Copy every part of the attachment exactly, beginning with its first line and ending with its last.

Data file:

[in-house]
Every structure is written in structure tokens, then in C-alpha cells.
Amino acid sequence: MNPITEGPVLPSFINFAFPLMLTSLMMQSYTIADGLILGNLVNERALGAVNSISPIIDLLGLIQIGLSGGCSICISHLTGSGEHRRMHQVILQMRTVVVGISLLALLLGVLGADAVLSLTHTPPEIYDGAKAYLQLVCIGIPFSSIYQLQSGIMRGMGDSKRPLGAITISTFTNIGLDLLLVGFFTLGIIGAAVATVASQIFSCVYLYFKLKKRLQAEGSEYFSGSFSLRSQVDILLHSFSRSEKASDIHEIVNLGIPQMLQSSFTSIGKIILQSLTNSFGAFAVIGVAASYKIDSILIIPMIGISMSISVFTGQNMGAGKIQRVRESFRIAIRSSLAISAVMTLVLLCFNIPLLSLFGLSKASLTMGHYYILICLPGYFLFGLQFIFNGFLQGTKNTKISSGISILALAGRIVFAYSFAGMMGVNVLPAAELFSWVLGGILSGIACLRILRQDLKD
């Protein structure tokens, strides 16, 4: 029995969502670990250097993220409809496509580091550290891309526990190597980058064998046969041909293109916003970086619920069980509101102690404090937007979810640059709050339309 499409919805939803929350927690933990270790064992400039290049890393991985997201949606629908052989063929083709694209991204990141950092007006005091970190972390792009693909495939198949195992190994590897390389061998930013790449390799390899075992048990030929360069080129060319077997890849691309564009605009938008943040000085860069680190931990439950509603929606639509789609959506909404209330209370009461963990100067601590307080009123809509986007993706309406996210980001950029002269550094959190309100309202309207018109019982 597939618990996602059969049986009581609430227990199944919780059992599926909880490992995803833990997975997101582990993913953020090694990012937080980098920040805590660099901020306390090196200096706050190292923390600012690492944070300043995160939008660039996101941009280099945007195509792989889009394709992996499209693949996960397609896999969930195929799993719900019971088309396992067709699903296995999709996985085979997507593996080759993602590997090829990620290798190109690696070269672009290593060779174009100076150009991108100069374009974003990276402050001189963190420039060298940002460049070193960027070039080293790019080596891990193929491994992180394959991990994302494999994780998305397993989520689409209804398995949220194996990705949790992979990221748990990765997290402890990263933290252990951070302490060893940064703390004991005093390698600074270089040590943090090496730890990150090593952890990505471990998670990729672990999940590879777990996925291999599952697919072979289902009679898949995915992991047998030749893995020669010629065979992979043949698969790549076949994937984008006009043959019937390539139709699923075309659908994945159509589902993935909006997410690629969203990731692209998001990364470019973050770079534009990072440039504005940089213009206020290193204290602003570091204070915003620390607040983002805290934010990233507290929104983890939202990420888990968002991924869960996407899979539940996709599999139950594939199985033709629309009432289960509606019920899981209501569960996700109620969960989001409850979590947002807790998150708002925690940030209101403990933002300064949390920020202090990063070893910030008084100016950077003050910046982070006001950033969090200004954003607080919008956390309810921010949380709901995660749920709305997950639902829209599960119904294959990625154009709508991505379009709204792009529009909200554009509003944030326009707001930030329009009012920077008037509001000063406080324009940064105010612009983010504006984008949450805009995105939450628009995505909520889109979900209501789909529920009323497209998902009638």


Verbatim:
[in-house]
Every structure is written in structure tokens, then in C-alpha cells.
Amino acid sequence: MNPITEGPVLPSFINFAFPLMLTSLMMQSYTIADGLILGNLVNERALGAVNSISPIIDLLGLIQIGLSGGCSICISHLTGSGEHRRMHQVILQMRTVVVGISLLALLLGVLGADAVLSLTHTPPEIYDGAKAYLQLVCIGIPFSSIYQLQSGIMRGMGDSKRPLGAITISTFTNIGLDLLLVGFFTLGIIGAAVATVASQIFSCVYLYFKLKKRLQAEGSEYFSGSFSLRSQVDILLHSFSRSEKASDIHEIVNLGIPQMLQSSFTSIGKIILQSLTNSFGAFAVIGVAASYKIDSILIIPMIGISMSISVFTGQNMGAGKIQRVRESFRIAIRSSLAISAVMTLVLLCFNIPLLSLFGLSKASLTMGHYYILICLPGYFLFGLQFIFNGFLQGTKNTKISSGISILALAGRIVFAYSFAGMMGVNVLPAAELFSWVLGGILSGIACLRILRQDLKD
């Protein structure tokens, strides 16, 4: 029995969502670990250097993220409809496509580091550290891309526990190597980058064998046969041909293109916003970086619920069980509101102690404090937007979810640059709050339309 499409919805939803929350927690933990270790064992400039290049890393991985997201949606629908052989063929083709694209991204990141950092007006005091970190972390792009693909495939198949195992190994590897390389061998930013790449390799390899075992048990030929360069080129060319077997890849691309564009605009938008943040000085860069680190931990439950509603929606639509789609959506909404209330209370009461963990100067601590307080009123809509986007993706309406996210980001950029002269550094959190309100309202309207018109019982 597939618990996602059969049986009581609430227990199944919780059992599926909880490992995803833990997975997101582990993913953020090694990012937080980098920040805590660099901020306390090196200096706050190292923390600012690492944070300043995160939008660039996101941009280099945007195509792989889009394709992996499209693949996960397609896999969930195929799993719900019971088309396992067709699903296995999709996985085979997507593996080759993602590997090829990620290798190109690696070269672009290593060779174009100076150009991108100069374009974003990276402050001189963190420039060298940002460049070193960027070039080293790019080596891990193929491994992180394959991990994302494999994780998305397993989520689409209804398995949220194996990705949790992979990221748990990765997290402890990263933290252990951070302490060893940064703390004991005093390698600074270089040590943090090496730890990150090593952890990505471990998670990729672990999940590879777990996925291999599952697919072979289902009679898949995915992991047998030749893995020669010629065979992979043949698969790549076949994937984008006009043959019937390539139709699923075309659908994945159509589902993935909006997410690629969203990731692209998001990364470019973050770079534009990072440039504005940089213009206020290193204290602003570091204070915003620390607040983002805290934010990233507290929104983890939202990420888990968002991924869960996407899979539940996709599999139950594939199985033709629309009432289960509606019920899981209501569960996700109620969960989001409850979590947002807790998150708002925690940030209101403990933002300064949390920020202090990063070893910030008084100016950077003050910046982070006001950033969090200004954003607080919008956390309810921010949380709901995660749920709305997950639902829209599960119904294959990625154009709508991505379009709204792009529009909200554009509003944030326009707001930030329009009012920077008037509001000063406080324009940064105010612009983010504006984008949450805009995105939450628009995505909520889109979900209501789909529920009323497209998902009638």